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Have mosque, will travel

Can Saskatchewan Muslims make it south of the border?


BY Lisa Whittington-Hill
Photography courtesy CBC

Standing in line at the airport, a young Muslim man chats away on his cell phone. After casually uttering the words “suicide” and “Allah” in the same sentence, police appear and drag the man away for questioning. What could easily be a frontpage headline is actually fiction—a scene from the Canadian sitcom Little Mosque on the Prairie.

The CBC comedy about Muslims and their non-Muslim neighbours living together in the fictional prairie town of Mercy, Saskatchewan, enters its second season in October. Since its debut in January, the series has won international awards, averaged one million viewers an episode and been picked up by broadcasters in France and Switzerland. The New York Times, Stephen Colbert and the BBC have all recognized the show for promoting understanding of Muslims at a time when anyone named Mohammad is considered an enemy. By adopting a sense of humour, Little Mosque on the Prairie manages to get its message across and avoid being labelled overtly political in the process.

In the show’s first episode the town’s new Muslim spiritual leader, Amaar, jokes, “Muslims around the world are known for their sense of humour” after he is detained by airport police on a charge he calls “flying while Muslim.” By humanizing Muslims, the sitcom provides welcome relief from depictions in most mainstream media or the racial profiling of shows like 24, which has been criticized by Arabs and Muslims for its promotion of stereotypes and promotion of anti-Muslim and anti-Arab sentiment.

“I think people are assuming because of the title and the subject matter that it’s going to be really controversial and political,” creator Zarqa Nawaz said before the show’s premiere. Nawaz, a filmmaker and former CBC radio producer, is a Canadian Muslim of Pakistani origin who grew up in Toronto, but moved to Saskatchewan 10 years ago.

Serious television dramas dealing with presidents, terrorism and war are political—think The West Wing or Commander in Chief. Little Mosque on the Prairie’s commentary is certainly as political as these shows, but is softened by the show’s comedic approach.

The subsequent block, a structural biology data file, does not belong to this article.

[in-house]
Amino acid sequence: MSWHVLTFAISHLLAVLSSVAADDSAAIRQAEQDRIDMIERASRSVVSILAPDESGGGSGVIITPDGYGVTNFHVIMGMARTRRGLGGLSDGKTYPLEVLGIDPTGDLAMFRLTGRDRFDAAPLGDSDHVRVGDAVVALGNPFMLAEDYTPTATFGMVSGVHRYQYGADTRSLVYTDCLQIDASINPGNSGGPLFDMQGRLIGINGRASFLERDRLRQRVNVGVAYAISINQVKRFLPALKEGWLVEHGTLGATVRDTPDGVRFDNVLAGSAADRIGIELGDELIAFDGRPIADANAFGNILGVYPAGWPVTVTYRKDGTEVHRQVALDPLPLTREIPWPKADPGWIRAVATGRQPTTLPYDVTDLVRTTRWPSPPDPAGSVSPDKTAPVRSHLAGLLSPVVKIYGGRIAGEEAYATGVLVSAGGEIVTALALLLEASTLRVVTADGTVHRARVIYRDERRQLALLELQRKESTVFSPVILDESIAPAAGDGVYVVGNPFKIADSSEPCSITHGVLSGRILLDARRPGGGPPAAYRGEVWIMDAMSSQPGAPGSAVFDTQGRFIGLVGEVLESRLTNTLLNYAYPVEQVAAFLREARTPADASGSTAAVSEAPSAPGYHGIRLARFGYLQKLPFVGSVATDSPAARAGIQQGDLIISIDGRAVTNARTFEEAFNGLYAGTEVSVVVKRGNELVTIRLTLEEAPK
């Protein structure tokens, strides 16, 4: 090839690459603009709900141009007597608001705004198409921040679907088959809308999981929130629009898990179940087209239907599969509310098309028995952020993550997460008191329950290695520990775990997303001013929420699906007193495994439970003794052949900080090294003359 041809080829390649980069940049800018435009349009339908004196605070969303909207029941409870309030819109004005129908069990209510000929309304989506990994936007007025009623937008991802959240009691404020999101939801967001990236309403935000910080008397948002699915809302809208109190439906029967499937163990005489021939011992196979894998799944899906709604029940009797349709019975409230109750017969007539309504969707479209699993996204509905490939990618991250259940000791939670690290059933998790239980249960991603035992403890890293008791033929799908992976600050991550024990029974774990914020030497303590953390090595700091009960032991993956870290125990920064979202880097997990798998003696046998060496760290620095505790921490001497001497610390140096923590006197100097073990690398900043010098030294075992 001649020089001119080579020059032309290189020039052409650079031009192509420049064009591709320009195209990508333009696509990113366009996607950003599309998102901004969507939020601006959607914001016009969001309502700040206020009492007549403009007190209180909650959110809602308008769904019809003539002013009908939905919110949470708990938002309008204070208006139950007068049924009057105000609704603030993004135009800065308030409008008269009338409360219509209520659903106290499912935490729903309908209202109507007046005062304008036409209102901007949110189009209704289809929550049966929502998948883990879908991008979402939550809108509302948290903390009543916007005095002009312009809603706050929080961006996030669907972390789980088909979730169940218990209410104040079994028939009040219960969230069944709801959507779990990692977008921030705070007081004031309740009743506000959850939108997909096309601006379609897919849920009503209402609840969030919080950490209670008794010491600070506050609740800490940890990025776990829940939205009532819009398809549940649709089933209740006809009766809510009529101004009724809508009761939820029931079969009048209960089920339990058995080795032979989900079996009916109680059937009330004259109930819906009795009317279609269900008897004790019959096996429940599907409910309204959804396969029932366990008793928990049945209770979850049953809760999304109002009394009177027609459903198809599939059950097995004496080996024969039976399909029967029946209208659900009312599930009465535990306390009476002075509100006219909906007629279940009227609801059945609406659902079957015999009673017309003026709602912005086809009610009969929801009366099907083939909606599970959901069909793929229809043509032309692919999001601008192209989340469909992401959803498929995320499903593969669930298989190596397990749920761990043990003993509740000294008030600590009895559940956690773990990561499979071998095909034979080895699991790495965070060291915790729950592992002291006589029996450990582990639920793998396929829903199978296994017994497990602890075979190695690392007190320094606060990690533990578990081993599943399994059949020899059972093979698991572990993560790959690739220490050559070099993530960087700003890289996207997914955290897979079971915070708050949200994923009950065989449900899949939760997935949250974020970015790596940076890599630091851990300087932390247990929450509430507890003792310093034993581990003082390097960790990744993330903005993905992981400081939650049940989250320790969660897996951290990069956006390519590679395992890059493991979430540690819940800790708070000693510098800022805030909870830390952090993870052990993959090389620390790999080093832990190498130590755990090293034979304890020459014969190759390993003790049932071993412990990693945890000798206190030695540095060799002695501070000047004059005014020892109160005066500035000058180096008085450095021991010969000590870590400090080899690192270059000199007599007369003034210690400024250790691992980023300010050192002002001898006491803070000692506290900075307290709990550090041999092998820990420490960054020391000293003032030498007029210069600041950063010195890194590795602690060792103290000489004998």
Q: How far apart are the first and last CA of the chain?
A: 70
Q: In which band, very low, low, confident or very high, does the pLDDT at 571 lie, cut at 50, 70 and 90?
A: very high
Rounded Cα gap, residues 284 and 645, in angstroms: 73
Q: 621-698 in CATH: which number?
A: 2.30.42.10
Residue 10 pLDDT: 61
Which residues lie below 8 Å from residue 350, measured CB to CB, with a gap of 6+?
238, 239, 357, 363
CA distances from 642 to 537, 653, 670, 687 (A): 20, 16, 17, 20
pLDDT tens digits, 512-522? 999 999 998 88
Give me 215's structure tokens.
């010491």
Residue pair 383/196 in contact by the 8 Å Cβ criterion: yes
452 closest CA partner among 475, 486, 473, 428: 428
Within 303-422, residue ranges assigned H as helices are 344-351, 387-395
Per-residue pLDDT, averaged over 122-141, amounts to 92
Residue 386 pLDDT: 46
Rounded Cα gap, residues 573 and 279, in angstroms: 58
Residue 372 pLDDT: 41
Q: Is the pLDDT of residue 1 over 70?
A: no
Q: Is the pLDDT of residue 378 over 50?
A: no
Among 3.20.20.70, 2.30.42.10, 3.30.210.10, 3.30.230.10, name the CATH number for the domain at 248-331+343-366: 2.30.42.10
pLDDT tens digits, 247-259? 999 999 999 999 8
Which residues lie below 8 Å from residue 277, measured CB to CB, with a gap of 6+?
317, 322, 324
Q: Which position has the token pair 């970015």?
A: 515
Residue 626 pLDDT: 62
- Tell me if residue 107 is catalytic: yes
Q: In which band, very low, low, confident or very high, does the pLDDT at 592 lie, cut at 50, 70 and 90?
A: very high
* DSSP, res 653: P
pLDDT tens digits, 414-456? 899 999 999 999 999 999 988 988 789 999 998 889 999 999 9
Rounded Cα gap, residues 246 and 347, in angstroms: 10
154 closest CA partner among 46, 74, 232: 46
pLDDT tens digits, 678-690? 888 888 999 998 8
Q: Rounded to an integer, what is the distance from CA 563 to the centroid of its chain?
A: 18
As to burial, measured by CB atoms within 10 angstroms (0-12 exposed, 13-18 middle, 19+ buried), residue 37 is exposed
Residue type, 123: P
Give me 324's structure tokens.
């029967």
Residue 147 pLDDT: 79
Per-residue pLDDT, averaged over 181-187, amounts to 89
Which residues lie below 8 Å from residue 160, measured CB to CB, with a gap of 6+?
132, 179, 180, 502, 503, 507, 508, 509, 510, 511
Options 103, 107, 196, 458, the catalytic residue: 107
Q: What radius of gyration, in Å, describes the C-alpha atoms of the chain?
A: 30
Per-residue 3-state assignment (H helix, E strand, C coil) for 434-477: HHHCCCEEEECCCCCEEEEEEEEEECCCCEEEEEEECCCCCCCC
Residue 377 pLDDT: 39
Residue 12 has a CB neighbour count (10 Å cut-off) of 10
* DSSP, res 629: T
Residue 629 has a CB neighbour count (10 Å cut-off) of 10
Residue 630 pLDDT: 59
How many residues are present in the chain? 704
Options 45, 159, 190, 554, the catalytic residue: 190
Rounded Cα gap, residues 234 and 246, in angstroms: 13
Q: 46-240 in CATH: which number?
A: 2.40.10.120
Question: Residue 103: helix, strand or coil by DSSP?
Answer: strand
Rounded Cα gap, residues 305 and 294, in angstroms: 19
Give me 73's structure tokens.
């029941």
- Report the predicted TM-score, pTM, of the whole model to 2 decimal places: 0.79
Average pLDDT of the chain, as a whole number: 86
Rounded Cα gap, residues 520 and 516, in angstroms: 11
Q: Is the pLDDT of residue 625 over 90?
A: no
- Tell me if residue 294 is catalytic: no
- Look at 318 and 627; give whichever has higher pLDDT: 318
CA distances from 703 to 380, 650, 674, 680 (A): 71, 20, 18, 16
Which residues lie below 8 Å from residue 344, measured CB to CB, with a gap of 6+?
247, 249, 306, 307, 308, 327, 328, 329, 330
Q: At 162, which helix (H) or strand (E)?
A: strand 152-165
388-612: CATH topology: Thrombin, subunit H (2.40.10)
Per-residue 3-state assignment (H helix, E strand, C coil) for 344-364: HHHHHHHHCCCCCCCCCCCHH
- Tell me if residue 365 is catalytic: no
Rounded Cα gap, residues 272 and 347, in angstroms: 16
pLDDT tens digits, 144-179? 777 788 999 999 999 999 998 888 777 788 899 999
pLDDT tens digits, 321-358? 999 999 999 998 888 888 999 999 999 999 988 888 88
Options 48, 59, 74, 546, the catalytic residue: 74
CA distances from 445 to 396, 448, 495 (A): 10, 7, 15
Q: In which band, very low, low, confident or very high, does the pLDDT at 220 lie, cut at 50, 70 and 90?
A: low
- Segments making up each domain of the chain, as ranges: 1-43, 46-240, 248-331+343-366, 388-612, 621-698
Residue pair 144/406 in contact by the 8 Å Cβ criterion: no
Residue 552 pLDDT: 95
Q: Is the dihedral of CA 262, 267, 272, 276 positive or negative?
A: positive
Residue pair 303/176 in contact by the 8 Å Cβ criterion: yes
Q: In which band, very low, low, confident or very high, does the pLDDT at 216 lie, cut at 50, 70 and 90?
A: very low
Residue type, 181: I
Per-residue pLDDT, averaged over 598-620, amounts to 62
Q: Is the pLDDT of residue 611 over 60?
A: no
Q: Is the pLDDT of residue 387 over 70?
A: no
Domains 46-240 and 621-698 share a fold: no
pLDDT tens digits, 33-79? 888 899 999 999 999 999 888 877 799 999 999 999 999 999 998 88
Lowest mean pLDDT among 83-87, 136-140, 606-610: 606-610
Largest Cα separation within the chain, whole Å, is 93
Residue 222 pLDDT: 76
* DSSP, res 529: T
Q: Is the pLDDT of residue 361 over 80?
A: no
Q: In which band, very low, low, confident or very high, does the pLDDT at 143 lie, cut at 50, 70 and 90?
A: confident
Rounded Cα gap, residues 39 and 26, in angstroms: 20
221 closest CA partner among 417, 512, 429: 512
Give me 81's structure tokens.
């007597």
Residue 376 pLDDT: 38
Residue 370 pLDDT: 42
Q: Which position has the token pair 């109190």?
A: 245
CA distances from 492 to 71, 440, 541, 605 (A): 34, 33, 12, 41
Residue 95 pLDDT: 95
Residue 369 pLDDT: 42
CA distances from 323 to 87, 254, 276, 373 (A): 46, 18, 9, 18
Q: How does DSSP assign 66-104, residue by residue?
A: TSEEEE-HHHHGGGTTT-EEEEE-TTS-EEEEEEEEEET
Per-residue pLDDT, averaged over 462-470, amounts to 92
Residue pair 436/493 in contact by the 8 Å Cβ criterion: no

Little Mosque on the Prairie is not the first sitcom to sneak politics in under the guise of humour. It’s reminiscent of 1970s sitcoms like All in the Family, which used its central character, the racist Archie Bunker, to dispel stereotypes and build understanding. The Mary Tyler Moore Show used humour to explore the issues of single, working, liberated women. Just as Little Mosque on the Prairie is set against the backdrop of our current political climate, M*A*S*H used the backdrop of the Korean War to raise awareness of the political issues associated with war. We need look no further than The Simpsons or South Park for modern examples of shows that raise awareness by combining social commentary and comedy.

One of the challenges for a show like Little Mosque on the Prairie is finding the balance between offending and entertaining. With the “war on terror” still going strong, the show’s subject matter is touchy for some viewers. There’s also the danger that comedy will trivialize the subject matter. In one episode, strict Muslim parents try to decide whether their children can celebrate Halloween, a traditionally Christian holiday honouring a pagan festival. They decide to celebrate it, but only after a name change to—wait for it—Halal-oween.

There’s also the danger that the show will reinforce, rather than dispel, stereotypes. In one episode, Baber, a conservative Muslim, argues that gay pride should be changed to “gay ashamed.” Way to promote tolerance and understanding Baber. Then there’s the novelty factor associated with the show being the first Muslim comedy to air on North American television. The series premiere drew over two million viewers, but it remains to be seen whether viewers would rather tune in to Canadian Idol than watch a cast of Muslims argue against worshiping any idols.

There is talk of the mosque moving south of the border, with producers in negotiations with U.S. networks to carry the series. Corner Gas, a Canadian sitcom set in yet another fictional Saskatchewan town, was exported to the U.S. this summer after five seasons in Canada and is broadcast in more than 20 countries. When it comes to American viewers, “small town Canada with a little Muslim twist” might have a hard time competing with a tight T-shirt sporting Kiefer torturing terrorists.

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